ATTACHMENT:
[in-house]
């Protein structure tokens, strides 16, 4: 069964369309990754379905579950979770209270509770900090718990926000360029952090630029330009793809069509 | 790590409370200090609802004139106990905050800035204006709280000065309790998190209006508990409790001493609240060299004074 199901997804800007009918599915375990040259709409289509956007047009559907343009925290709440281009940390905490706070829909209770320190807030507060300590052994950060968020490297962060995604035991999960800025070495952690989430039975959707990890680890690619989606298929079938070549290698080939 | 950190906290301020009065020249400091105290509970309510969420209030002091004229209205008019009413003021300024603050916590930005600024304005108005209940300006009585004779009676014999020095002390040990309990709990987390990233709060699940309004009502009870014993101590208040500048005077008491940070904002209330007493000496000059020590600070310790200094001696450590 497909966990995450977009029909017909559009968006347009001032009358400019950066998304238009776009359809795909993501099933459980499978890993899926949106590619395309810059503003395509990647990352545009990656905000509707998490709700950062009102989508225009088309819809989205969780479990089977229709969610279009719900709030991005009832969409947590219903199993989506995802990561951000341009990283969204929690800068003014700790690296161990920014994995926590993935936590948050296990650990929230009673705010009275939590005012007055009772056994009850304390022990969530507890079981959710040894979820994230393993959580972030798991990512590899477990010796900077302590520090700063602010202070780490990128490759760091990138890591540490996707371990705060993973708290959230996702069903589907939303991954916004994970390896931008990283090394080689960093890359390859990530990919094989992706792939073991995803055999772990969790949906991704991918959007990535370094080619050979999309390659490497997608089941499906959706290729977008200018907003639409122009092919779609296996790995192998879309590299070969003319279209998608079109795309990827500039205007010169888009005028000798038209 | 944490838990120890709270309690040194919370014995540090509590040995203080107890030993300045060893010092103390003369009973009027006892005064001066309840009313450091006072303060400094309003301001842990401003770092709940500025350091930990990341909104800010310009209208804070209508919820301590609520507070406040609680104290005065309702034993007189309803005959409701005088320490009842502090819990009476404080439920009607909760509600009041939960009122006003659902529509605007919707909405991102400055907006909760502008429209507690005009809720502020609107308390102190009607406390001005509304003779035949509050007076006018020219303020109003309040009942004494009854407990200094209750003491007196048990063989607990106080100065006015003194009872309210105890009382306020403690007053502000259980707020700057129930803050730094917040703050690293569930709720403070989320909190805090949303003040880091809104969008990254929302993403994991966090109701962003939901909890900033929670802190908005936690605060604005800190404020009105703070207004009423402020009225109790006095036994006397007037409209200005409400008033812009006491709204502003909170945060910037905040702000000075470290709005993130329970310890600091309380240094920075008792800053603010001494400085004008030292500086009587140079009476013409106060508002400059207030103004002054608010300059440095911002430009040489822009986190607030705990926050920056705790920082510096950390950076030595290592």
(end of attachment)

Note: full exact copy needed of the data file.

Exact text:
[in-house]
């Protein structure tokens, strides 16, 4: 069964369309990754379905579950979770209270509770900090718990926000360029952090630029330009793809069509 | 790590409370200090609802004139106990905050800035204006709280000065309790998190209006508990409790001493609240060299004074 199901997804800007009918599915375990040259709409289509956007047009559907343009925290709440281009940390905490706070829909209770320190807030507060300590052994950060968020490297962060995604035991999960800025070495952690989430039975959707990890680890690619989606298929079938070549290698080939 | 950190906290301020009065020249400091105290509970309510969420209030002091004229209205008019009413003021300024603050916590930005600024304005108005209940300006009585004779009676014999020095002390040990309990709990987390990233709060699940309004009502009870014993101590208040500048005077008491940070904002209330007493000496000059020590600070310790200094001696450590 497909966990995450977009029909017909559009968006347009001032009358400019950066998304238009776009359809795909993501099933459980499978890993899926949106590619395309810059503003395509990647990352545009990656905000509707998490709700950062009102989508225009088309819809989205969780479990089977229709969610279009719900709030991005009832969409947590219903199993989506995802990561951000341009990283969204929690800068003014700790690296161990920014994995926590993935936590948050296990650990929230009673705010009275939590005012007055009772056994009850304390022990969530507890079981959710040894979820994230393993959580972030798991990512590899477990010796900077302590520090700063602010202070780490990128490759760091990138890591540490996707371990705060993973708290959230996702069903589907939303991954916004994970390896931008990283090394080689960093890359390859990530990919094989992706792939073991995803055999772990969790949906991704991918959007990535370094080619050979999309390659490497997608089941499906959706290729977008200018907003639409122009092919779609296996790995192998879309590299070969003319279209998608079109795309990827500039205007010169888009005028000798038209 | 944490838990120890709270309690040194919370014995540090509590040995203080107890030993300045060893010092103390003369009973009027006892005064001066309840009313450091006072303060400094309003301001842990401003770092709940500025350091930990990341909104800010310009209208804070209508919820301590609520507070406040609680104290005065309702034993007189309803005959409701005088320490009842502090819990009476404080439920009607909760509600009041939960009122006003659902529509605007919707909405991102400055907006909760502008429209507690005009809720502020609107308390102190009607406390001005509304003779035949509050007076006018020219303020109003309040009942004494009854407990200094209750003491007196048990063989607990106080100065006015003194009872309210105890009382306020403690007053502000259980707020700057129930803050730094917040703050690293569930709720403070989320909190805090949303003040880091809104969008990254929302993403994991966090109701962003939901909890900033929670802190908005936690605060604005800190404020009105703070207004009423402020009225109790006095036994006397007037409209200005409400008033812009006491709204502003909170945060910037905040702000000075470290709005993130329970310890600091309380240094920075008792800053603010001494400085004008030292500086009587140079009476013409106060508002400059207030103004002054608010300059440095911002430009040489822009986190607030705990926050920056705790920082510096950390950076030595290592």